While you were sending off tweets in virtual obscurity last week, a new Twitter A-lister was crowned. Her account picked up more than 230,000 followers in just a few days, received press coverage from CNN and The New York Times, and got the attention of brands like Bergdorfs and DKNY.
Who was the marketing superstar who achieved such greatness, you ask? It was @BronxZooCobra – a parody account created for the Egyptian cobra that gained national attention when it went missing from The Bronx Zoo.
Yeah, that’s right. A fake cobra is more interesting than you. How’s that feel?
I know. It stings. But below are three reasons WHY a pretend snake is more interesting than you and what you can do to turn it around.
She established relevance
When @BronxZooCobra was running around on the lamb, she didn’t just hide out or tweet about her own pad. No. She made herself relevant by hanging out at some of New York’s trendiest spots. She tweeted from Magnolia Café, from opening day at Yankee Stadium, on the Sex and the City bus tour, at the Metropolitan Museum of Art and all over the darn place. She made herself relevant by associating herself with these places that people already knew and loved.
How can you do the same: Create conversations with the sites, blogs and personalities that people in your community love. I don’t mean the A-listers, but the real people they relate to and the sites they have an affection for and that they comment on. The quickest way to become part of someone’s world is to show them how you’re already connected. We like building relationships with people we feel we already know.
She created a connection
Why are 230,000+ people following a fake cobra? Because the tweets coming from that account don’t feel like soulless, marketing-filled content. Finally, we found someone on Twitter who wasn’t trying to shill anything or trick us into buying their $29.99 eBook. Instead, the @BronxZooCobra is relating to people (perhaps ironically) on a human level. She’s creating a connection with them by using humour and her wit to get people’s attention and to hold it there. That’s one thing most marketing-related Twitter accounts are unable to do. They bore or annoy us into finally hitting the unfollow button. People want to feel connected to you, but you gotta give them something to spark it. What are you giving them to hold on to?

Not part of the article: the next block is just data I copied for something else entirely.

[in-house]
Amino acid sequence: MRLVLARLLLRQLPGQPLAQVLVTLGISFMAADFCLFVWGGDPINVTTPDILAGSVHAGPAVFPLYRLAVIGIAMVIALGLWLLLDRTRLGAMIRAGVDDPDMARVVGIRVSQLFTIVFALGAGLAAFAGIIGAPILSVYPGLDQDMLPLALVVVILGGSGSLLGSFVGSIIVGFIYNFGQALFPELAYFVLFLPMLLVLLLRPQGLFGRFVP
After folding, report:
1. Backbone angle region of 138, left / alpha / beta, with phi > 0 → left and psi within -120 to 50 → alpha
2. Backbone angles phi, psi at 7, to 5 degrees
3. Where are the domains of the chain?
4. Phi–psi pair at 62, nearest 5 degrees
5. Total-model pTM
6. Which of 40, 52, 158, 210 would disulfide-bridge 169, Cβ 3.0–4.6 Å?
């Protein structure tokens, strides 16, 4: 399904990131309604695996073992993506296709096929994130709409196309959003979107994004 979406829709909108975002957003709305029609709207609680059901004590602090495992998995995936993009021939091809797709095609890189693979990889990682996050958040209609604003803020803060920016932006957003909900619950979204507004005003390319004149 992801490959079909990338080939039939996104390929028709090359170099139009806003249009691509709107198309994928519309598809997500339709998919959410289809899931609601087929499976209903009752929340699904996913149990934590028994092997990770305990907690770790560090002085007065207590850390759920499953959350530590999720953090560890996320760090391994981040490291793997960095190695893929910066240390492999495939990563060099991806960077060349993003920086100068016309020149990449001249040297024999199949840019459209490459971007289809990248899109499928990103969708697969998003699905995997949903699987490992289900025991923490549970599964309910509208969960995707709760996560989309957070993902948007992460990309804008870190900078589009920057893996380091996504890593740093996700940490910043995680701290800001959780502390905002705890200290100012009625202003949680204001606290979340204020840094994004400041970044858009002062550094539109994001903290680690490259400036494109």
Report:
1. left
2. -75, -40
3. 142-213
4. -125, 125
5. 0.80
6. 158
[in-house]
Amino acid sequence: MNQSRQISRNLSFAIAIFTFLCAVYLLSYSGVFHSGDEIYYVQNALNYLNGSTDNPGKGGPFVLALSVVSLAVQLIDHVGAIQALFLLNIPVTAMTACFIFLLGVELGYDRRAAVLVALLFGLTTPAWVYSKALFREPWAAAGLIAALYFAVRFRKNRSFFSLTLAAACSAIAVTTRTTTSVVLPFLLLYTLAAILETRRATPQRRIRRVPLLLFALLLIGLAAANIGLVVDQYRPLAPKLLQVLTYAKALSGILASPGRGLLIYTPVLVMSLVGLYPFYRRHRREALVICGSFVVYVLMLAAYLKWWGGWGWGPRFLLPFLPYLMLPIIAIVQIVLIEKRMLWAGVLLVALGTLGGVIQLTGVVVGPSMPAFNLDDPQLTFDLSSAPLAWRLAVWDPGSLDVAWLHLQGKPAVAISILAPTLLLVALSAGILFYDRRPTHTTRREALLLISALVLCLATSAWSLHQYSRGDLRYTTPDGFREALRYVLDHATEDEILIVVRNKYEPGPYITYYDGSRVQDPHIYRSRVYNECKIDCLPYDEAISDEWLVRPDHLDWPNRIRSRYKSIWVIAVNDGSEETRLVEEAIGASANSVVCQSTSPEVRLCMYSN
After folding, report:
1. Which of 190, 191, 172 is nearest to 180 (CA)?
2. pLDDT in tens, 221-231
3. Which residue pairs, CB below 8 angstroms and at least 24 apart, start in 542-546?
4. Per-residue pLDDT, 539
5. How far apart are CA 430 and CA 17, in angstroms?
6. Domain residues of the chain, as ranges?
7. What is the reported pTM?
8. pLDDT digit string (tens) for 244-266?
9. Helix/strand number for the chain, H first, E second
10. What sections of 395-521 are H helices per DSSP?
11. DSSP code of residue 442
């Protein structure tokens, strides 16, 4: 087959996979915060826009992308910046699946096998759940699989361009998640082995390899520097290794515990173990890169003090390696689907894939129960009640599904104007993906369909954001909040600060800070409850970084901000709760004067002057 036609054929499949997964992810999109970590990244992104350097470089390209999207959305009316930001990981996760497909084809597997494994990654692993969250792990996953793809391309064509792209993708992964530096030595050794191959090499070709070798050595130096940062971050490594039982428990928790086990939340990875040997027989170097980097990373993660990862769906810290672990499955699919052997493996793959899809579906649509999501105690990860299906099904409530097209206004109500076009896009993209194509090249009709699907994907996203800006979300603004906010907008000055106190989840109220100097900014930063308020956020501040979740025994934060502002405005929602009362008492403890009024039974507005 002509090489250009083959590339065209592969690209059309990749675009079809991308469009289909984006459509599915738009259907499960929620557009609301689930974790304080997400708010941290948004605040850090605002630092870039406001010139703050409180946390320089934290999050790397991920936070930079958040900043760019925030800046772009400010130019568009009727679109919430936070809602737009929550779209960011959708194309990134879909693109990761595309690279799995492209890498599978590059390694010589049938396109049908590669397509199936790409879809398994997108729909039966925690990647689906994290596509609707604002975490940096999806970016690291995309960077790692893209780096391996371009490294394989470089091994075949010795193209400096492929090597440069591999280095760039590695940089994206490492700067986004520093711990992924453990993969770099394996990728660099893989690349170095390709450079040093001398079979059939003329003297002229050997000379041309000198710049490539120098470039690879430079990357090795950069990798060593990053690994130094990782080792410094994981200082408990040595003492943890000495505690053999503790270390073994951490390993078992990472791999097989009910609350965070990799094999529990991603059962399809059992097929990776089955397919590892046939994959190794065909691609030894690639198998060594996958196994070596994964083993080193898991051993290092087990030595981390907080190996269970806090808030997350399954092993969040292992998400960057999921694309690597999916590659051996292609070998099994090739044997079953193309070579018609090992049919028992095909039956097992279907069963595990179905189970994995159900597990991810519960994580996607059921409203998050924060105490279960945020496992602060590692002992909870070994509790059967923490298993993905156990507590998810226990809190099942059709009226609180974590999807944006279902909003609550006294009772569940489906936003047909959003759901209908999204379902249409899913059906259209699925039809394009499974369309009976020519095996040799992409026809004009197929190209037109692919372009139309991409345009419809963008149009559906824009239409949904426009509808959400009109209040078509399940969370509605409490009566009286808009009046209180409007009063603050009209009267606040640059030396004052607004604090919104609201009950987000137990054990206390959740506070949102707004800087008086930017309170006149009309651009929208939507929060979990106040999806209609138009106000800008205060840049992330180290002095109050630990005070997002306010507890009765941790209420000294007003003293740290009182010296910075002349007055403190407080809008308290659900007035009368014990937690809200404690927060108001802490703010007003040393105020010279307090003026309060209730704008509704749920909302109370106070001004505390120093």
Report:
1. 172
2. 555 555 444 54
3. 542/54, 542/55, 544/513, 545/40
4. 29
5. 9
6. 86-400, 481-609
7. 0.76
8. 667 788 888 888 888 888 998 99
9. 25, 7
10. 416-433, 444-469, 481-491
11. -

How can you do the same: You’re probably not the funniest person in the world (if you are, congrats!), but if you’re in marketing you hopefully know how to talk to people. How to connect with them. For some, they use humour. Other people share facts, some draw people in by getting personal, others take the “Be 100% Useful” approach. It doesn’t matter how you connect with people, just that you find a way to worm your way into their hearts.
She was engaging
For a completely made up character, the @BronxZooCobra did a pretty outstanding job making herself feel real. And she was able to do it because she spoke to us, not at us. She responded to people who sent her comments, she participated in interactions, she took shots at Charlie Sheen just like the rest of us. Even more than that – she asked her audience a lot of questions to get them involved. She asked where Trump Towers was located, how to get a cab, if the Whole Foods sold organic mice, etc. Essentially, she provided people with something fun to respond to. And the result was that a couple hundred thousand came along for the ride.
How you can do the same: You started on social media as a way to converse with customers and become more connected to them – so do that. Stop mindlessly plugging yourself, tweeting your own links, and talking about things no one is going to care about. Be a real person with interests and hobbies and a desire to share that with your audience.
Yeah, maybe it hurts a bit that a fake cobra was able to attract more than 200,000 followers in just a few days while you’re still struggling to create some momentum. But what did that cobra give people that you’re account lacks? How can you find ways to bring humour, life and relevance back to your online interactions?